How badly can packaging turn out if the wrong jar or bottle resins are used for a product? Take our word for it that it can go very badly, especially if your product packaging experiences paneling (collapsing inward) or acidic contents eating through the plastic. If you consult these guidelines, however, we can help you preserve shelf-appeal and product integrity and optimize the way you stand out to consumers.

Stand Out! Know Each Strength and Weakness

We can help you stand out with your jar and bottle resinsAlthough there are many different types of resins used for plastic bottles and jars, there are several very popular options with, particularly important strengths. We recommend getting familiar with the following bottle resins so your product stands out in the best way possible:

Polypropylene Resin: Commonly referred to as PP, this bottle resin can tolerate hot fill up to 240 degrees. This is a higher temperature tolerance than many other resins. It also provides a great barrier for water and very good resistance to alkalis. When using PP for bottle resins, however, be aware that it has only a poor-to-good impact strength and is a poor barrier for oxygen and carbon dioxide.

High-Density Polyethylene Resin: Commonly referred to as HDPE, this resin has many great strengths. It provides a great barrier for water, good to very good resistance to alkalis, good to excellent impact strength, and can withstand low temperatures to -100C. However, like PP, HDPE provides a poor barrier for oxygen and carbon dioxide.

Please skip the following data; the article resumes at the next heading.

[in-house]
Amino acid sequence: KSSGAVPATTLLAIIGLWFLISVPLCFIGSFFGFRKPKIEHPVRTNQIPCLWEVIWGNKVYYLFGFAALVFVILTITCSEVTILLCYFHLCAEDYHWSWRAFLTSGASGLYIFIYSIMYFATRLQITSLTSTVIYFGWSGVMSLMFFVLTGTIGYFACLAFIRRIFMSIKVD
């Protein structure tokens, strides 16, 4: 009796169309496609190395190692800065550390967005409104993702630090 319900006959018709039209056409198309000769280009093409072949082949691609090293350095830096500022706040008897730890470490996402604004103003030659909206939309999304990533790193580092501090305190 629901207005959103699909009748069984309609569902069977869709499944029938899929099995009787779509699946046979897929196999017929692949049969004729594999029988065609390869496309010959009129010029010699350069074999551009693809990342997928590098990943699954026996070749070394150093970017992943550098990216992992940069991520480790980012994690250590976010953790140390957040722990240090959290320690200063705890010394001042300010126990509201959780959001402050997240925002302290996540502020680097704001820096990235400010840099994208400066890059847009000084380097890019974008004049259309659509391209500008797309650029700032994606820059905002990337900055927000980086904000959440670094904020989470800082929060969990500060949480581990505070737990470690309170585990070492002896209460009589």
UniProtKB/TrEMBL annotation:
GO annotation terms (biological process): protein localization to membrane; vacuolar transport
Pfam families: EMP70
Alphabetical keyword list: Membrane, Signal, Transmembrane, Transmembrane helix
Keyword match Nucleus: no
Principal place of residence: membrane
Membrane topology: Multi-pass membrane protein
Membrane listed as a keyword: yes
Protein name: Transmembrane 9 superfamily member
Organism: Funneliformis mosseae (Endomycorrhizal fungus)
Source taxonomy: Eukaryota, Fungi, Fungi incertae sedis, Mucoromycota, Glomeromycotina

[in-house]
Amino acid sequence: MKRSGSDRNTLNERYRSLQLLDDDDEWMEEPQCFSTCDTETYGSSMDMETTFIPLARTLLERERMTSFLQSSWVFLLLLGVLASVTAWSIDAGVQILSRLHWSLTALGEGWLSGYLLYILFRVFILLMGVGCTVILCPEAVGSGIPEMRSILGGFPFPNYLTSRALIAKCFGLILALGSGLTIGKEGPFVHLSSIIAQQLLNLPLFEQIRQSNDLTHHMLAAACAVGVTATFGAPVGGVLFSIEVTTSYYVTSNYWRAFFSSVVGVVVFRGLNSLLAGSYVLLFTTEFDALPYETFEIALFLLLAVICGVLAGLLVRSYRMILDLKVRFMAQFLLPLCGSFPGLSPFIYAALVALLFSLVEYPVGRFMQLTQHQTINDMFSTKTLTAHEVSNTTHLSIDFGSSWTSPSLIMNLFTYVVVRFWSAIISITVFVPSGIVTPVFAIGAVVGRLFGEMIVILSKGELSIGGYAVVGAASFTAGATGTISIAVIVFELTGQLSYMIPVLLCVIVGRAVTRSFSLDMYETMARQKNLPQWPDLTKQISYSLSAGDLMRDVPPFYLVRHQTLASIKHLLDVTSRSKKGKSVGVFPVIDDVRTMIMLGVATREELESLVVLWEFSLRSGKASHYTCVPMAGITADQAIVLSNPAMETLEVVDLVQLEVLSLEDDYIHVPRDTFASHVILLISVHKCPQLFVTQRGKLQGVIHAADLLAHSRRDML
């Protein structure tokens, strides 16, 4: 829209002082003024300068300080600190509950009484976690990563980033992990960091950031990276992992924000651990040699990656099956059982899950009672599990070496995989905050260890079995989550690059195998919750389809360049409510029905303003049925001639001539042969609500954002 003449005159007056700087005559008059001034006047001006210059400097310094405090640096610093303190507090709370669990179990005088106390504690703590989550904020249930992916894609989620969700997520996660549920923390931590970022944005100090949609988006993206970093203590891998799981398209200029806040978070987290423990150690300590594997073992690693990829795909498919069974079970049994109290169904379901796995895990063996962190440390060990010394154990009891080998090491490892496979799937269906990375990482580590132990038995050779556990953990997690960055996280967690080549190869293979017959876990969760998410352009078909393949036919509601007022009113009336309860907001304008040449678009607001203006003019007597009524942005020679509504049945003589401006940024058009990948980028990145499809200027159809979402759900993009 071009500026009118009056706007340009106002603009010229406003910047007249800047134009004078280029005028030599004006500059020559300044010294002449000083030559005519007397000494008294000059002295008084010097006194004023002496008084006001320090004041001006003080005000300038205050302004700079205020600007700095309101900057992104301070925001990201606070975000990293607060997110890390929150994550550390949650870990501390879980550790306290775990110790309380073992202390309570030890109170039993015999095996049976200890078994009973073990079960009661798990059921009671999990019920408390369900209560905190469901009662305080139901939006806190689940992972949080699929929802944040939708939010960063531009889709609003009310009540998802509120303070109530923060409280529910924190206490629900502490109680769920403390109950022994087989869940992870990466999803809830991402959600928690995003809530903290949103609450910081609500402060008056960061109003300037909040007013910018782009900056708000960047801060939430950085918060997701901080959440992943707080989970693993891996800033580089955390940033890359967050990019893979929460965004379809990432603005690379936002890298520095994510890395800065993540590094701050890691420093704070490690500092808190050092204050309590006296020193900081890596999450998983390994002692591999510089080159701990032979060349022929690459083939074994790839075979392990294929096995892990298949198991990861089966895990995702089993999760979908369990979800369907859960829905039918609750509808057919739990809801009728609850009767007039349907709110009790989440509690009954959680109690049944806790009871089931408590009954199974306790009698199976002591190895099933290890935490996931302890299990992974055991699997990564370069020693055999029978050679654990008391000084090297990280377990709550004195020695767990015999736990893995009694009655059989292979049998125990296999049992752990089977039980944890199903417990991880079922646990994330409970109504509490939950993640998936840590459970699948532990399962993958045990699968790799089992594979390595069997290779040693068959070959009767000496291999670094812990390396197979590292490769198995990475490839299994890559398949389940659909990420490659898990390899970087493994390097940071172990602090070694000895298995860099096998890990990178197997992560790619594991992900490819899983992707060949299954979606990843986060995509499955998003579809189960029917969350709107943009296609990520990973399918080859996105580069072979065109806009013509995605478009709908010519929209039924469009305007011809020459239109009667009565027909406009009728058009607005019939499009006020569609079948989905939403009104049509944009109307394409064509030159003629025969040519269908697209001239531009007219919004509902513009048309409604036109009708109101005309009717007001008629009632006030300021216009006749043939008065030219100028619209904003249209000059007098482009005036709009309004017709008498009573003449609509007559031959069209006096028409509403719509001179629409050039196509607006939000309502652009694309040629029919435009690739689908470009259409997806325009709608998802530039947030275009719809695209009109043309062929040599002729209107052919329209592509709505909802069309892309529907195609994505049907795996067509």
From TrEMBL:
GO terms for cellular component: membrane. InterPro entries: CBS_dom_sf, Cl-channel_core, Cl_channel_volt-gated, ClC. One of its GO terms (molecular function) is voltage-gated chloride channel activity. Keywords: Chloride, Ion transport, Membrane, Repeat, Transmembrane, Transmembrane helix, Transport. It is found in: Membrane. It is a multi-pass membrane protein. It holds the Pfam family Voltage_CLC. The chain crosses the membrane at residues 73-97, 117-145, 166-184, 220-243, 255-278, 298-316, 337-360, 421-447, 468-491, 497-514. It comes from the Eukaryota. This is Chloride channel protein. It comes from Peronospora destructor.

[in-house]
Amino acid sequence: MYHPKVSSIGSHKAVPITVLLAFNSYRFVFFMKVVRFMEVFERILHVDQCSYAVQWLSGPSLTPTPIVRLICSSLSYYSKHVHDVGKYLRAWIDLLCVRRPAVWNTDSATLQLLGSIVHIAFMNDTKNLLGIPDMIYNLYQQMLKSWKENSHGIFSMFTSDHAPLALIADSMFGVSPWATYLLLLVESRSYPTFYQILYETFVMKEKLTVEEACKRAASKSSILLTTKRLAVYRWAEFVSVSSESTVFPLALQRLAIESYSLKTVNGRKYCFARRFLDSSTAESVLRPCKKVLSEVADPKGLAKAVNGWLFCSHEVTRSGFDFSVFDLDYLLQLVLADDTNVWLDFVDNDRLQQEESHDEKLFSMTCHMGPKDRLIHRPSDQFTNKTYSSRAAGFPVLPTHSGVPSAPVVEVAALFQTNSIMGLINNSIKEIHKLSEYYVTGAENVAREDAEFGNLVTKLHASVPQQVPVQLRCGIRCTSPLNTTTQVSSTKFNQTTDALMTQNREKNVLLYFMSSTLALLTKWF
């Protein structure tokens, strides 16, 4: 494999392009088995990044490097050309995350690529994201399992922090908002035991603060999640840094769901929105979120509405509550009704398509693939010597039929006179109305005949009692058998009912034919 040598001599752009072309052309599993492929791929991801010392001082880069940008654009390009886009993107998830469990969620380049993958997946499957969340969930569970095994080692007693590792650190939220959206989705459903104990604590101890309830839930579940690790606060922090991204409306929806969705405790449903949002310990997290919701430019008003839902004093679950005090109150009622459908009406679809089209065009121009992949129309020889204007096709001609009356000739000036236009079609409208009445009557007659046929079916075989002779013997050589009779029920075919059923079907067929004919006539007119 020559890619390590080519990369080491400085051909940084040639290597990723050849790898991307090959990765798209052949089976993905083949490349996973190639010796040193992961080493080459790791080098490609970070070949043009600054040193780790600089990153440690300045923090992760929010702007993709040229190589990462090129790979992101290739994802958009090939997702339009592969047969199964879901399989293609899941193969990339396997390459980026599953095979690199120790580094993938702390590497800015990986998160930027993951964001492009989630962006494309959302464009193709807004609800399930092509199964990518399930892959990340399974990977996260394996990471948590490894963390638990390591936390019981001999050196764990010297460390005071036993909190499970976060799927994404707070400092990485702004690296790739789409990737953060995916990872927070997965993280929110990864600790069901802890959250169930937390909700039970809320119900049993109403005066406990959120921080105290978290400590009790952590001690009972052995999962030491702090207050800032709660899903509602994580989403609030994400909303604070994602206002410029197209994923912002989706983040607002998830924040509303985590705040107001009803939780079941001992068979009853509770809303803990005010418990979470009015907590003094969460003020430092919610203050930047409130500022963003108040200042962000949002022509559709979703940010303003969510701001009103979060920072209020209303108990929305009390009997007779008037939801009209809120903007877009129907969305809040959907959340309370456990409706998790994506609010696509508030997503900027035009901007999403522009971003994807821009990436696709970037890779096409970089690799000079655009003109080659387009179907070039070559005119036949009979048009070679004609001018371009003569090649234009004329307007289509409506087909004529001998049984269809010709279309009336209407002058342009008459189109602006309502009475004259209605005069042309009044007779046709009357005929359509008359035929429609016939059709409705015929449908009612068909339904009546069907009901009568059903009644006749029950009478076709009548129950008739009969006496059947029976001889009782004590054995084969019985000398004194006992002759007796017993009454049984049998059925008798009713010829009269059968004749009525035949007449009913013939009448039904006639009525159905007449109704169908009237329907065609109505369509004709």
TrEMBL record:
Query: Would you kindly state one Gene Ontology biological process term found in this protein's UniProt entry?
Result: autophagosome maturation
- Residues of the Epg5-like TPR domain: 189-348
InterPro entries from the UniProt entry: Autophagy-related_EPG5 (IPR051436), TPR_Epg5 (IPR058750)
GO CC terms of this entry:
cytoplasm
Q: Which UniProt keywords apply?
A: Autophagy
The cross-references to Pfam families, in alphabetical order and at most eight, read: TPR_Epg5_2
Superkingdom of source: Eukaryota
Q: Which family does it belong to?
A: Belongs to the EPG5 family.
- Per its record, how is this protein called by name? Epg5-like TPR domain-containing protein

Low-Density Polyethylene Resin: LDPE is known to provide a good resistance to alcohols in addition to the benefits of HDPE: a good barrier for water, good to very good resistance to alkalis, excellent impact strength, and the ability to withstand low temperatures to -100C. However, like HDPE, LDPE also provides a poor barrier for oxygen and carbon dioxide.

Polyethylene Terephthalate Resin: There are several types of PET resins. In general, PET’s strengths can be found in two areas: many types of PET have good resistance to alcohols and acids and PET is excellent at providing a barrier for oxygen and carbon dioxide. However, PET tends to have poor resistance to alkalis and most have only poor-to-fair impact strength.

Because each has its own strengths and weaknesses along with recommended applications, we always recommend going beyond the guidelines above with testing and custom consultation. This will ensure your packaging is tailored appropriately. You can also consult this chart for a full range of options for jar and bottle resins.

Other Considerations With Jar & Bottle Resins

For the bottle resins above, we focused on common contents, content properties, and fill processes. We also made reference to impact strength so shipping and customer experience go as smoothly as possible. However, there are other variables you should consider as well, like bottle weight and wall thickness. Each will have an effect on material performance. We can help you consider everything you need, taking the guidelines above to the next step.

Are you interested in learning more? Consider this read on how the fluorination process plays a role in preserving your packaging, optimizing your product for long-lasting shelf-appeal.

Are you ready to take the next step? Contact us today to talk with a packaging specialist.